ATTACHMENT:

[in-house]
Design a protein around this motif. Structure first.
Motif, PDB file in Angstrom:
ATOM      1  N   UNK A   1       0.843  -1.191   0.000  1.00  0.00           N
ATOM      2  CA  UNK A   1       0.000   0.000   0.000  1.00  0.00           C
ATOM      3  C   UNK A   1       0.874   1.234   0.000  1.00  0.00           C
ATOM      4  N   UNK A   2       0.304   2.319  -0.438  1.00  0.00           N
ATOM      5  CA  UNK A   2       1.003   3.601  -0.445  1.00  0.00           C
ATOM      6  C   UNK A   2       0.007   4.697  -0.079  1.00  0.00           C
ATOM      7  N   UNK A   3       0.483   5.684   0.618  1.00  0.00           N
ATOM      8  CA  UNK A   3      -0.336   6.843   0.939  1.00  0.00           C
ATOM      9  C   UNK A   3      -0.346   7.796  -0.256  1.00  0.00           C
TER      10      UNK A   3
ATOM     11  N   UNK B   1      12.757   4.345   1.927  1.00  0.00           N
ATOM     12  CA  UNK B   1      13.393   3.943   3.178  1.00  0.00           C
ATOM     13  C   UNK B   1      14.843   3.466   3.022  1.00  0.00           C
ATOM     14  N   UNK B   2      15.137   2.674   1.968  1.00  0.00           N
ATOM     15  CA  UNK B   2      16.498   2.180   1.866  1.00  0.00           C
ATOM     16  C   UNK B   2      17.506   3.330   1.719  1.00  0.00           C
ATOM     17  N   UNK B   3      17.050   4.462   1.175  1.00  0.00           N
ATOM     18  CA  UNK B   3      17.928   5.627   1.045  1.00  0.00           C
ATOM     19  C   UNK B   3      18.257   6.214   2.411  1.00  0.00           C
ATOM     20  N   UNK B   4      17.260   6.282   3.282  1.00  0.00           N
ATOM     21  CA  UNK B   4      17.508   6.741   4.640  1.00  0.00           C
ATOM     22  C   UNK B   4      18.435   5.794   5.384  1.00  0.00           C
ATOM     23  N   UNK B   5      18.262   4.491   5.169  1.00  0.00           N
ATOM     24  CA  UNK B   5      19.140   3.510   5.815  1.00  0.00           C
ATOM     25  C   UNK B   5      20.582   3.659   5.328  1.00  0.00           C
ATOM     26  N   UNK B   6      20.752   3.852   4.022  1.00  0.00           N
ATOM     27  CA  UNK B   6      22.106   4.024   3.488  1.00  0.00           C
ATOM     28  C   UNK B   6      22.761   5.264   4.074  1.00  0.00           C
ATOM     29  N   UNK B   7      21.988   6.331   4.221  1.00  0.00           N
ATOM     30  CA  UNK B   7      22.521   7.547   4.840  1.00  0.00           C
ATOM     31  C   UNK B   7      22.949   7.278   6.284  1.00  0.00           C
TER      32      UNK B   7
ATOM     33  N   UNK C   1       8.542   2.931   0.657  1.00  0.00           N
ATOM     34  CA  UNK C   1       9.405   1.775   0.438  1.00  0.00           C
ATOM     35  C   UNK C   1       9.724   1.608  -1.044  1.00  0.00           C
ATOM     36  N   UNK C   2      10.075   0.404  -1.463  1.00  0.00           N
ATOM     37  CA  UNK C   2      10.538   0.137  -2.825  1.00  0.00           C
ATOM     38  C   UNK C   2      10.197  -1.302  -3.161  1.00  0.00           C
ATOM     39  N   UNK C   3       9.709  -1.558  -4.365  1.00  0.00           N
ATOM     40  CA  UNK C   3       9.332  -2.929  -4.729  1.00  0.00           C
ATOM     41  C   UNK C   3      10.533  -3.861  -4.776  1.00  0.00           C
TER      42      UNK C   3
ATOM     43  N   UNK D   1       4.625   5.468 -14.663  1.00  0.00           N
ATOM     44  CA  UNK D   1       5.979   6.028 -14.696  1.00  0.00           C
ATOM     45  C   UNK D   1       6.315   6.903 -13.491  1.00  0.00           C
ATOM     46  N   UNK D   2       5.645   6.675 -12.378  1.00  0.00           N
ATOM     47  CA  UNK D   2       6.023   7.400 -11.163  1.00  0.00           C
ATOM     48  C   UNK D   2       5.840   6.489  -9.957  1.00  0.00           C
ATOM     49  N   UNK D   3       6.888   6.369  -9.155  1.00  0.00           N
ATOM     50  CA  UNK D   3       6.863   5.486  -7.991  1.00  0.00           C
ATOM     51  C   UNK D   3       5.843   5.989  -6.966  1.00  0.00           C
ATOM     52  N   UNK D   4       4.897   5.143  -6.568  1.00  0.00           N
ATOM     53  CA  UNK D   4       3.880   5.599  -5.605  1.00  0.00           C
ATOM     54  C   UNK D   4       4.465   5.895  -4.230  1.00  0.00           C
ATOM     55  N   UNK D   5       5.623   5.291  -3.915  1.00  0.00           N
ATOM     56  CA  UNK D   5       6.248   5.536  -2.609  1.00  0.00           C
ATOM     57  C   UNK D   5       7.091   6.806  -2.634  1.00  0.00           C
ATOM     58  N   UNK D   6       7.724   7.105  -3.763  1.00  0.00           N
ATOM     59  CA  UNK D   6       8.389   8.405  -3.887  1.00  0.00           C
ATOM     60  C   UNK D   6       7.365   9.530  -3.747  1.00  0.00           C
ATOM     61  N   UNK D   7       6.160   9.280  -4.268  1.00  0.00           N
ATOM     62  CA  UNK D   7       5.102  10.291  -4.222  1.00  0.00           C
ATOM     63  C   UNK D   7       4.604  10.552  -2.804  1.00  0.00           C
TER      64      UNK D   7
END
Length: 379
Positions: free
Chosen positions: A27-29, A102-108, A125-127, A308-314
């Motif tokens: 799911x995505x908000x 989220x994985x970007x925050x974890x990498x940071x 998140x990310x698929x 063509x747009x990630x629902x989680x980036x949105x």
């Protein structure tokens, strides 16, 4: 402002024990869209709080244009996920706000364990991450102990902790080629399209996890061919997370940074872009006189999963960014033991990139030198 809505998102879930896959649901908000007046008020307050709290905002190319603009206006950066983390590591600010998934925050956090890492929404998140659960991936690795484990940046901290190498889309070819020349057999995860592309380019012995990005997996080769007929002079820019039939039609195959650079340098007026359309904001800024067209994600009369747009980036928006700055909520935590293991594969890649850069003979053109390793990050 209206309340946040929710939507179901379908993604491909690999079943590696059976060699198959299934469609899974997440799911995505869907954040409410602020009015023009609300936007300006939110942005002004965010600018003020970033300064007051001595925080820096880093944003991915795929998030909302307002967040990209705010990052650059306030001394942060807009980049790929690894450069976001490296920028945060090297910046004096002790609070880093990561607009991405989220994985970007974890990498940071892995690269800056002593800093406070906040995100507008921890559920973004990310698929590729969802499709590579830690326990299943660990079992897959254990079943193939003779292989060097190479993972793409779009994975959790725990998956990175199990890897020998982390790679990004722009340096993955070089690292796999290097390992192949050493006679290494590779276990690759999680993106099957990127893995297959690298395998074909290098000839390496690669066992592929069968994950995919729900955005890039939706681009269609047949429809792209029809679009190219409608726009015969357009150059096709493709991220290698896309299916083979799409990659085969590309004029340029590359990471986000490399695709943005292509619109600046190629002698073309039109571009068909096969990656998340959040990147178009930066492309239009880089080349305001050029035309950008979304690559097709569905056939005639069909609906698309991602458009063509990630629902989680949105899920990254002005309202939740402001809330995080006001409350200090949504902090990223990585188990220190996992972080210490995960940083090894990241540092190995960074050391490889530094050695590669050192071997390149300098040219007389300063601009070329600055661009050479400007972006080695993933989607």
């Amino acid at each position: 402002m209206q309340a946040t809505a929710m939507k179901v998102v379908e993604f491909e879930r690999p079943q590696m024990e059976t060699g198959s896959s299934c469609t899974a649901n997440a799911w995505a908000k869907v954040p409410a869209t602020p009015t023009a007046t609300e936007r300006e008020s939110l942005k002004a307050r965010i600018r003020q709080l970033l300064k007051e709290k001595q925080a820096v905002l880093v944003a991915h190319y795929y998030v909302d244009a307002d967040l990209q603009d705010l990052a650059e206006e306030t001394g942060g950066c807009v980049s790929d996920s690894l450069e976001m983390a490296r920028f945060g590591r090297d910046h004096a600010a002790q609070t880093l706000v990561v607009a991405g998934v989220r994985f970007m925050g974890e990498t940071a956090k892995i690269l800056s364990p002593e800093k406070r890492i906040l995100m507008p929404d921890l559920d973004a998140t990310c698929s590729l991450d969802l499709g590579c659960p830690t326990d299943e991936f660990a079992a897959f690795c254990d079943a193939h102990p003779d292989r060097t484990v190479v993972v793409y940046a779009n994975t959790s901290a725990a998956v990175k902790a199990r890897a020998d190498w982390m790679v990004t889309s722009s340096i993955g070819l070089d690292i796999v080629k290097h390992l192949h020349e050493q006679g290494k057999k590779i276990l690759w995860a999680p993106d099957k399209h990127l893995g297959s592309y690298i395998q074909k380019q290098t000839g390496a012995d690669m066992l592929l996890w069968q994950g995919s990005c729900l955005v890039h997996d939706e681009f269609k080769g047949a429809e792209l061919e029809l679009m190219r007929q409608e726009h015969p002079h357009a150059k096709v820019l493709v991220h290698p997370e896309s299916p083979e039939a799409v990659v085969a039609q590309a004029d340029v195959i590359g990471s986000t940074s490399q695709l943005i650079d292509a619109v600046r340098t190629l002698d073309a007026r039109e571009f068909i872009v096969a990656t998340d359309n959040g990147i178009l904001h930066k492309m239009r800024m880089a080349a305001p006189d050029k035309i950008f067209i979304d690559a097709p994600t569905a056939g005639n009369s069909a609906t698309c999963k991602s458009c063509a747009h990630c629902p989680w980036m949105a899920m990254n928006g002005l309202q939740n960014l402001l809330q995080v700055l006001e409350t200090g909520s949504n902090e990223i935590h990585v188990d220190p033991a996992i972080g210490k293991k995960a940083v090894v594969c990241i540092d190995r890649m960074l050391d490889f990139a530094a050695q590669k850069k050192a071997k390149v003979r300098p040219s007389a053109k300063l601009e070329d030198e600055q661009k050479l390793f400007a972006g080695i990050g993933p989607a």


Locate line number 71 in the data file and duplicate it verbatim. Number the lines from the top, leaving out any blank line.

Chosen positions: A27-29, A102-108, A125-127, A308-314